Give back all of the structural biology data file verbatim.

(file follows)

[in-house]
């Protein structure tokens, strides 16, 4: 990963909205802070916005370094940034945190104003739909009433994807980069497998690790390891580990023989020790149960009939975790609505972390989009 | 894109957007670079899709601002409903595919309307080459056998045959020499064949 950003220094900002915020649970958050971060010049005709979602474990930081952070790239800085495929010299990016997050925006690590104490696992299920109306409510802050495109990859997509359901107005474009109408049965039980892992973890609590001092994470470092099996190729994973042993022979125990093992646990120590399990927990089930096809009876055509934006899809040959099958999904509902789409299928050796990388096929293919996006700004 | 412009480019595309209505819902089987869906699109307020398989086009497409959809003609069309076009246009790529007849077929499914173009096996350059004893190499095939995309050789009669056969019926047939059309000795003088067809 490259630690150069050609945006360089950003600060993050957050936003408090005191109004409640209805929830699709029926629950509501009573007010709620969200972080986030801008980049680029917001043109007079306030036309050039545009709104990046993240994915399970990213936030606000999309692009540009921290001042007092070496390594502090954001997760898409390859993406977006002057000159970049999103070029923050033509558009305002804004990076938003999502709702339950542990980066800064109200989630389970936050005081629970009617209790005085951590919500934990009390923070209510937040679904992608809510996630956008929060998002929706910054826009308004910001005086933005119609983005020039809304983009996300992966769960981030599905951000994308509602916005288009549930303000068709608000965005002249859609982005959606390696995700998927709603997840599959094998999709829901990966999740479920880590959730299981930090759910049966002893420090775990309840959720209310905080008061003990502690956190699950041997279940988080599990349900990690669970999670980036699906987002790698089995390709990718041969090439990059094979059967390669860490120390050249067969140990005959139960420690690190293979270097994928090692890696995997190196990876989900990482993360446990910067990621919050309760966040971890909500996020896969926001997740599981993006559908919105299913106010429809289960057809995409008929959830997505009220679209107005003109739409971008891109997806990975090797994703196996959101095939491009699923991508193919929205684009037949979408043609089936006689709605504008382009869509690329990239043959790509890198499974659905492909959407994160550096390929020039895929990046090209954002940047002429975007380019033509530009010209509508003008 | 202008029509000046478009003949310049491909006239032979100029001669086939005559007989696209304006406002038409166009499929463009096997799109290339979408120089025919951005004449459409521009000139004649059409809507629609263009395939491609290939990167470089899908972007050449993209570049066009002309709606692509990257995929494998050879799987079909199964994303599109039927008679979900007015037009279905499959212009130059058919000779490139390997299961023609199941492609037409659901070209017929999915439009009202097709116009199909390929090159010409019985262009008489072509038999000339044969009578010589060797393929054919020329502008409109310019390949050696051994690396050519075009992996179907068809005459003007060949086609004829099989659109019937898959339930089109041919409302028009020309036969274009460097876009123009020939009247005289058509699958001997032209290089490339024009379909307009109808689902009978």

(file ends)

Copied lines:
[in-house]
């Protein structure tokens, strides 16, 4: 990963909205802070916005370094940034945190104003739909009433994807980069497998690790390891580990023989020790149960009939975790609505972390989009 | 894109957007670079899709601002409903595919309307080459056998045959020499064949 950003220094900002915020649970958050971060010049005709979602474990930081952070790239800085495929010299990016997050925006690590104490696992299920109306409510802050495109990859997509359901107005474009109408049965039980892992973890609590001092994470470092099996190729994973042993022979125990093992646990120590399990927990089930096809009876055509934006899809040959099958999904509902789409299928050796990388096929293919996006700004 | 412009480019595309209505819902089987869906699109307020398989086009497409959809003609069309076009246009790529007849077929499914173009096996350059004893190499095939995309050789009669056969019926047939059309000795003088067809 490259630690150069050609945006360089950003600060993050957050936003408090005191109004409640209805929830699709029926629950509501009573007010709620969200972080986030801008980049680029917001043109007079306030036309050039545009709104990046993240994915399970990213936030606000999309692009540009921290001042007092070496390594502090954001997760898409390859993406977006002057000159970049999103070029923050033509558009305002804004990076938003999502709702339950542990980066800064109200989630389970936050005081629970009617209790005085951590919500934990009390923070209510937040679904992608809510996630956008929060998002929706910054826009308004910001005086933005119609983005020039809304983009996300992966769960981030599905951000994308509602916005288009549930303000068709608000965005002249859609982005959606390696995700998927709603997840599959094998999709829901990966999740479920880590959730299981930090759910049966002893420090775990309840959720209310905080008061003990502690956190699950041997279940988080599990349900990690669970999670980036699906987002790698089995390709990718041969090439990059094979059967390669860490120390050249067969140990005959139960420690690190293979270097994928090692890696995997190196990876989900990482993360446990910067990621919050309760966040971890909500996020896969926001997740599981993006559908919105299913106010429809289960057809995409008929959830997505009220679209107005003109739409971008891109997806990975090797994703196996959101095939491009699923991508193919929205684009037949979408043609089936006689709605504008382009869509690329990239043959790509890198499974659905492909959407994160550096390929020039895929990046090209954002940047002429975007380019033509530009010209509508003008 | 202008029509000046478009003949310049491909006239032979100029001669086939005559007989696209304006406002038409166009499929463009096997799109290339979408120089025919951005004449459409521009000139004649059409809507629609263009395939491609290939990167470089899908972007050449993209570049066009002309709606692509990257995929494998050879799987079909199964994303599109039927008679979900007015037009279905499959212009130059058919000779490139390997299961023609199941492609037409659901070209017929999915439009009202097709116009199909390929090159010409019985262009008489072509038999000339044969009578010589060797393929054919020329502008409109310019390949050696051994690396050519075009992996179907068809005459003007060949086609004829099989659109019937898959339930089109041919409302028009020309036969274009460097876009123009020939009247005289058509699958001997032209290089490339024009379909307009109808689902009978």